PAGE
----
Days ago YouTube launched a new “channel” or sub-site—YouTube EDU. The site gathers thousands of free lectures from over a hundred universities across the country and offers them online for free. The site doesn’t just have scattered videos—it has hundreds of full courses, too.

As some have been quick to point out, this isn’t “as good” as actually paying thousands of dollars a year to go the universities so you can get interaction with the professors, have a human touch, ask questions and so forth. You also can’t get a certified degree through YouTube EDU.

But as many others have pointed out, you often cannot get that personal touch in many large lecture classes anyway, and what’s more, many people can’t pay the high tuition rates at these universities or gain admission to them. YouTube offers it all online for free—thereby bringing the opportunity to learn from the leading academics to anyone at any time nearly anywhere. It looks like disruption at its finest—and if someone like the University of the People, which is opening in just days, wraps this in a new business model and offers certification and a degree or perhaps a service like StraighterLine offers access to human beings to answer questions, who knows where this all could go and how it might improve over time to meet these initial shortcomings.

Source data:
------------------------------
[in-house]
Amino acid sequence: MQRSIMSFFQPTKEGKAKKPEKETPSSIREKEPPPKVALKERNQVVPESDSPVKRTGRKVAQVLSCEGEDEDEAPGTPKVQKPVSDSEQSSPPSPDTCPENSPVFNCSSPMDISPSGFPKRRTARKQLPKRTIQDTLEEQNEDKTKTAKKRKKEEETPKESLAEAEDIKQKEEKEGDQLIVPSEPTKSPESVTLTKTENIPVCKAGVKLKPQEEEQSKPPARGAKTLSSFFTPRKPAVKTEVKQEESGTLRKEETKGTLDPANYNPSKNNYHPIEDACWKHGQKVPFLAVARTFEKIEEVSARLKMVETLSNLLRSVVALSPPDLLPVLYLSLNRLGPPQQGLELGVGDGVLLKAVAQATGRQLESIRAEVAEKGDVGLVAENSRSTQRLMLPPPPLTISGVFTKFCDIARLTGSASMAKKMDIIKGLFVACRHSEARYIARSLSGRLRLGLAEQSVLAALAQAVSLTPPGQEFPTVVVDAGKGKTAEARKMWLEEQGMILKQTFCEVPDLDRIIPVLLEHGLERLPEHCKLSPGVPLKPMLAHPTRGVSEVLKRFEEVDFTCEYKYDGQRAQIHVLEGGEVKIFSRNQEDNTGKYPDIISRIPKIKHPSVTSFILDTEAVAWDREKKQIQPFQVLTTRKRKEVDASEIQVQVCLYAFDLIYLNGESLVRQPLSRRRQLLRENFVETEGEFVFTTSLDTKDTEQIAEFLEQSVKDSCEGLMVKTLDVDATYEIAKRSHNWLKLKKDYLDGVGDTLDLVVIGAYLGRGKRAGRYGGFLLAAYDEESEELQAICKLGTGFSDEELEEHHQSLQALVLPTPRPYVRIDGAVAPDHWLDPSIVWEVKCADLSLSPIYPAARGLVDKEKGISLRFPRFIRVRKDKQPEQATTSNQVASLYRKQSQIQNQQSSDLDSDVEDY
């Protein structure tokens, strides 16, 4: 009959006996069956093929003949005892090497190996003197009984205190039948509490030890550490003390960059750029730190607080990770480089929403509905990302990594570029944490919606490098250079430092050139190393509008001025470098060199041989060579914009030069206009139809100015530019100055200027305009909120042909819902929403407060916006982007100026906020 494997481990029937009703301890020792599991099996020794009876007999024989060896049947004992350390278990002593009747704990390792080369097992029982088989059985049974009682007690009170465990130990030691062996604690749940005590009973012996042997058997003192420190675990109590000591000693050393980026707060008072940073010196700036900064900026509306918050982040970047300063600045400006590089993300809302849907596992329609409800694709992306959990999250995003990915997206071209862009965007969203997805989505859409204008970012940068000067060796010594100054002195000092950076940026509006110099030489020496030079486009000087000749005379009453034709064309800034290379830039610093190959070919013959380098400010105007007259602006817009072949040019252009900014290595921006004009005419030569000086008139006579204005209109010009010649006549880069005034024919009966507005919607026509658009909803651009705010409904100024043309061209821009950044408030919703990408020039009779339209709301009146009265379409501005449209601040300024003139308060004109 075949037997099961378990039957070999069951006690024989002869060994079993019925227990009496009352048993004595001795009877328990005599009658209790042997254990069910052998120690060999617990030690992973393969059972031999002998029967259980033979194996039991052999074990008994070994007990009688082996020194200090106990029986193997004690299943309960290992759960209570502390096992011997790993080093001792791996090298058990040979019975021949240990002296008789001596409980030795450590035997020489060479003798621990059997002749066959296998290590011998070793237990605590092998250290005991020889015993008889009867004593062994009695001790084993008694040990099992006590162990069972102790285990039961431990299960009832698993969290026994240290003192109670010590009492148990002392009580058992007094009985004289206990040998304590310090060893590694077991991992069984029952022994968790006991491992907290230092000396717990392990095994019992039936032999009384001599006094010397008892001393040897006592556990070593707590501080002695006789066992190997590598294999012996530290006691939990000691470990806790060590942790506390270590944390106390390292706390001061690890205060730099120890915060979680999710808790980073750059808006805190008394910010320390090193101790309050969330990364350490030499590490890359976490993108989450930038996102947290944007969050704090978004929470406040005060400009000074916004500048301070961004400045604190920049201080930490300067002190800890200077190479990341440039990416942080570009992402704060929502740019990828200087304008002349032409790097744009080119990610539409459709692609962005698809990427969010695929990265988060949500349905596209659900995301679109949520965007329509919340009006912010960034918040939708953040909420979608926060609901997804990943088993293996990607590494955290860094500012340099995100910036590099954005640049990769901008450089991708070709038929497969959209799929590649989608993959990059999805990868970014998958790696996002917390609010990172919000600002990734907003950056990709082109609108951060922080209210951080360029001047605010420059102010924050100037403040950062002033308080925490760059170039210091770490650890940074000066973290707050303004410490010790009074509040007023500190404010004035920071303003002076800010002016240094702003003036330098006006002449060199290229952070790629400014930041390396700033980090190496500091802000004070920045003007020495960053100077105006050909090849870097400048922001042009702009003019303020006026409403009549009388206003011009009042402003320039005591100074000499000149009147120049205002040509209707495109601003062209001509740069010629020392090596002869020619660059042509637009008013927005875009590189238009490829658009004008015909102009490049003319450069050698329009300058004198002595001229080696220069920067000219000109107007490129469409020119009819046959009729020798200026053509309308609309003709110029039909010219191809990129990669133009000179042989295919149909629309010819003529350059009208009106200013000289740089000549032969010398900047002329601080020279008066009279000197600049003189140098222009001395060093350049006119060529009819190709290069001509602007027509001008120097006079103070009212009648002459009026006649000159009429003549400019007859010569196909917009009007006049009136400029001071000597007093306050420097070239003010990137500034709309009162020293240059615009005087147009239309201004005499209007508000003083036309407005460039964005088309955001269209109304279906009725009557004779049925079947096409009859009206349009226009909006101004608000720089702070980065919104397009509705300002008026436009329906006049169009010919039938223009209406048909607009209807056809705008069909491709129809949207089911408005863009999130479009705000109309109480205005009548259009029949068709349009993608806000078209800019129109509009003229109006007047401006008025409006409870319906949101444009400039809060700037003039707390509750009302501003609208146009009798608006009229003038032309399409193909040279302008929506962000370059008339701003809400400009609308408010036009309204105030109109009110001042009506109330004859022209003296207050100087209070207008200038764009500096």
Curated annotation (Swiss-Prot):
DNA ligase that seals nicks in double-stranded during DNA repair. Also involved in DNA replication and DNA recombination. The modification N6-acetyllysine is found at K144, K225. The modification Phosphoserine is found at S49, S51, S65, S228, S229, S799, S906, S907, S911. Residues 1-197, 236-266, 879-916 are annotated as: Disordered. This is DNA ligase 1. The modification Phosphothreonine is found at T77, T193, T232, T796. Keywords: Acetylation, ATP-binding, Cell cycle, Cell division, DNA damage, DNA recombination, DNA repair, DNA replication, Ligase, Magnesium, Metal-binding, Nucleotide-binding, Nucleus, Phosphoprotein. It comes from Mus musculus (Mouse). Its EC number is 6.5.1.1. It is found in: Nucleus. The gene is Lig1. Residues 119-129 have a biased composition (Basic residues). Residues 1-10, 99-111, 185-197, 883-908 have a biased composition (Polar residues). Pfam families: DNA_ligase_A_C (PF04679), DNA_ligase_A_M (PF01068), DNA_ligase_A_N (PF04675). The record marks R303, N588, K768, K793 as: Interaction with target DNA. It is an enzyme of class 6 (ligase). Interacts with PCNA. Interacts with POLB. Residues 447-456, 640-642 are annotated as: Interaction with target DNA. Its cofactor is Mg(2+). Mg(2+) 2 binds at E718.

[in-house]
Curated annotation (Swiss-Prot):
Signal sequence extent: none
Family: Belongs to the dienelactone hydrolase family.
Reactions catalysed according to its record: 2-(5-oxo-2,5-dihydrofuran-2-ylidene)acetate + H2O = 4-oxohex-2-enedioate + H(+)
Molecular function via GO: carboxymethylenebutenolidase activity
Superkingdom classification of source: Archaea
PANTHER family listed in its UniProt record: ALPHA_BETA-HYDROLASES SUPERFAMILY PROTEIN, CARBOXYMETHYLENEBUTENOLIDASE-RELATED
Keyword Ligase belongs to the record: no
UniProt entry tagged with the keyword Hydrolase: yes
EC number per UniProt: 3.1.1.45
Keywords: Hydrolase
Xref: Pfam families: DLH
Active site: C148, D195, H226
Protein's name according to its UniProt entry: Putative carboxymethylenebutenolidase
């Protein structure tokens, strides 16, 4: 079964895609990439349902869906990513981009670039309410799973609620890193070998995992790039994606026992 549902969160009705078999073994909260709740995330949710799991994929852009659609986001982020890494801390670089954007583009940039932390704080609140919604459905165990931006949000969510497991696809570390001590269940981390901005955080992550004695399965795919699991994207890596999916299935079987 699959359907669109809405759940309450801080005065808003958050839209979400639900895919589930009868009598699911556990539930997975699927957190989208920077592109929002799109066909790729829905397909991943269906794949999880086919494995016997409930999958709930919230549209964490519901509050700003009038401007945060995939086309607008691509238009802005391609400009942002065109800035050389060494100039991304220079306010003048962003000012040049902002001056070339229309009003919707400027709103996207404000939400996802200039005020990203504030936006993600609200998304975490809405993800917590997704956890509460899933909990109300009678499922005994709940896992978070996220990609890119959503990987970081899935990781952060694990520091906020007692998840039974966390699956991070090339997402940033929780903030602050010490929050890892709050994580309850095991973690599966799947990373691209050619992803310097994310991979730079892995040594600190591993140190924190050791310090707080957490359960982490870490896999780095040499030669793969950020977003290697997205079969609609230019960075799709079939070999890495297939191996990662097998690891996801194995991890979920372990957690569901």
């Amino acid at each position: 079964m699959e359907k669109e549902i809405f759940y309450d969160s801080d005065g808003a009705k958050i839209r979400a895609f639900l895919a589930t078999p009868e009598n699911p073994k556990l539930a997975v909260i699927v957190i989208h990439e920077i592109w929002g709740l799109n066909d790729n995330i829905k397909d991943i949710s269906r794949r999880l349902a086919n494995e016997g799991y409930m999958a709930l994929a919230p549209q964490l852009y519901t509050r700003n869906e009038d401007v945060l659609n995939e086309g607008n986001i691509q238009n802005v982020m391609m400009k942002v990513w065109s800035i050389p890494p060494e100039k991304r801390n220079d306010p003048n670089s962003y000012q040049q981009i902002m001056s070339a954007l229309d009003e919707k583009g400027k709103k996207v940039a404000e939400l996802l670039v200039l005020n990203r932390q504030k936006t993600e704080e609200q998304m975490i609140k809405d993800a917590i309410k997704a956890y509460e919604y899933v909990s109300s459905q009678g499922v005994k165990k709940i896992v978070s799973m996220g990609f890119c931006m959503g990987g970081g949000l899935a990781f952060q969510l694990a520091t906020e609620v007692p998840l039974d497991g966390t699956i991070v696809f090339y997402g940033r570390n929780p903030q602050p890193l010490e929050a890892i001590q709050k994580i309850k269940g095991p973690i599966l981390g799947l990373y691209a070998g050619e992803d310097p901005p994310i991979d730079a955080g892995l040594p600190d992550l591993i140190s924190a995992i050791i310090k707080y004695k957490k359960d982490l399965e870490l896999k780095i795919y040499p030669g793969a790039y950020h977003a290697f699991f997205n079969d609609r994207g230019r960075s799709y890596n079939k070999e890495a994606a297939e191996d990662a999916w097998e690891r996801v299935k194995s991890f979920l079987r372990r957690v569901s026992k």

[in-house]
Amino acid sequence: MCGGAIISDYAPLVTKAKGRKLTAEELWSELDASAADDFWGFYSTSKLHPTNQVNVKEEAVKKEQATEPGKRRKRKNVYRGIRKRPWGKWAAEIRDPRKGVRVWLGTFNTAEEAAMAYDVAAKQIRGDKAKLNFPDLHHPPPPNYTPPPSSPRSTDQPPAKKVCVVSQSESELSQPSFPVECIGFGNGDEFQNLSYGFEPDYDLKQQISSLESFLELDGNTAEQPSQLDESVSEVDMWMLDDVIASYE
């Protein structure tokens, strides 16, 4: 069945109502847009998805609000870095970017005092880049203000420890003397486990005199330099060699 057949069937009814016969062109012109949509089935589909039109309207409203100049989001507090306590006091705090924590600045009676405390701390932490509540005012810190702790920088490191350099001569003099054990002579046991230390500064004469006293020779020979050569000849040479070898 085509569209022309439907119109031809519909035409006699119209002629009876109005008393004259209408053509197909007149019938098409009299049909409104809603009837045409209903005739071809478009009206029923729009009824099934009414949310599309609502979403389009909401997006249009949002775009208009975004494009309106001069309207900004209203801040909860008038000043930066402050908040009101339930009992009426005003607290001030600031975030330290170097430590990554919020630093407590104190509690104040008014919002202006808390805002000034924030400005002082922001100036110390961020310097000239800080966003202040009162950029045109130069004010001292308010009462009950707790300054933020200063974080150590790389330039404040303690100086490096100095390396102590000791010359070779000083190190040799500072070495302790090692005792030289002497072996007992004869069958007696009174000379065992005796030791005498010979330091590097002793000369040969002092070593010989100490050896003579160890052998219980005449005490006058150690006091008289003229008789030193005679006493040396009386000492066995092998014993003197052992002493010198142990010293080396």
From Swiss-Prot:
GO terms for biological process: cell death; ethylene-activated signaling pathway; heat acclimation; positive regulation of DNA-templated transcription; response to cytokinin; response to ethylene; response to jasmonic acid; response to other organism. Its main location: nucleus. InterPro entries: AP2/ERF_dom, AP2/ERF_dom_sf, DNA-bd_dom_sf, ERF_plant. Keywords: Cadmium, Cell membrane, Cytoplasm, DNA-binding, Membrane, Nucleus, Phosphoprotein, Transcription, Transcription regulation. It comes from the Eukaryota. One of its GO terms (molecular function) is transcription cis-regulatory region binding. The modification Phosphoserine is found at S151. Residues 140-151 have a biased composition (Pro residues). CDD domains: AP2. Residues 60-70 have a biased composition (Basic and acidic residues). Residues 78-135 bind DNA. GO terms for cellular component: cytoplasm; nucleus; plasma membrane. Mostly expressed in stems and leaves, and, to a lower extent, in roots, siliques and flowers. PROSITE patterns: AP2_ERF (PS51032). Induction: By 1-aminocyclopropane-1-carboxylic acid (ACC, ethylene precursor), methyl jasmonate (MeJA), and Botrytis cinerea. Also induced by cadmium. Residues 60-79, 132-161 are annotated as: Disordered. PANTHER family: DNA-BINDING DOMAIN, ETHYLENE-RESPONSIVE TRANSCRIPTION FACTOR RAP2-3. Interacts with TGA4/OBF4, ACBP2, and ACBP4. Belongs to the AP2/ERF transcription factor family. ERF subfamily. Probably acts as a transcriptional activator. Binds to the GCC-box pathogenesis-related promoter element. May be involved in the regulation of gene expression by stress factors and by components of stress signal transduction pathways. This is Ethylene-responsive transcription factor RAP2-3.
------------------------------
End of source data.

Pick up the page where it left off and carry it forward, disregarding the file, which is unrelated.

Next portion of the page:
There are other players out here playing in this game as well, such as Academic Earth, which offers better navigation features to find the lecture in which you’re interested and so forth, but reportedly has fewer videos up at the moment.

Who knows how it will evolve, but here’s a guess that the disruption will improve in a myriad of unforeseen ways and will come to benefit the lives of many more people who couldn’t access the original expensive and inconvenient offering.

– Michael B. Horn


  • Michael B. Horn
    Michael B. Horn

    Michael B. Horn is Co-Founder, Distinguished Fellow, and Chairman at the Christensen Institute.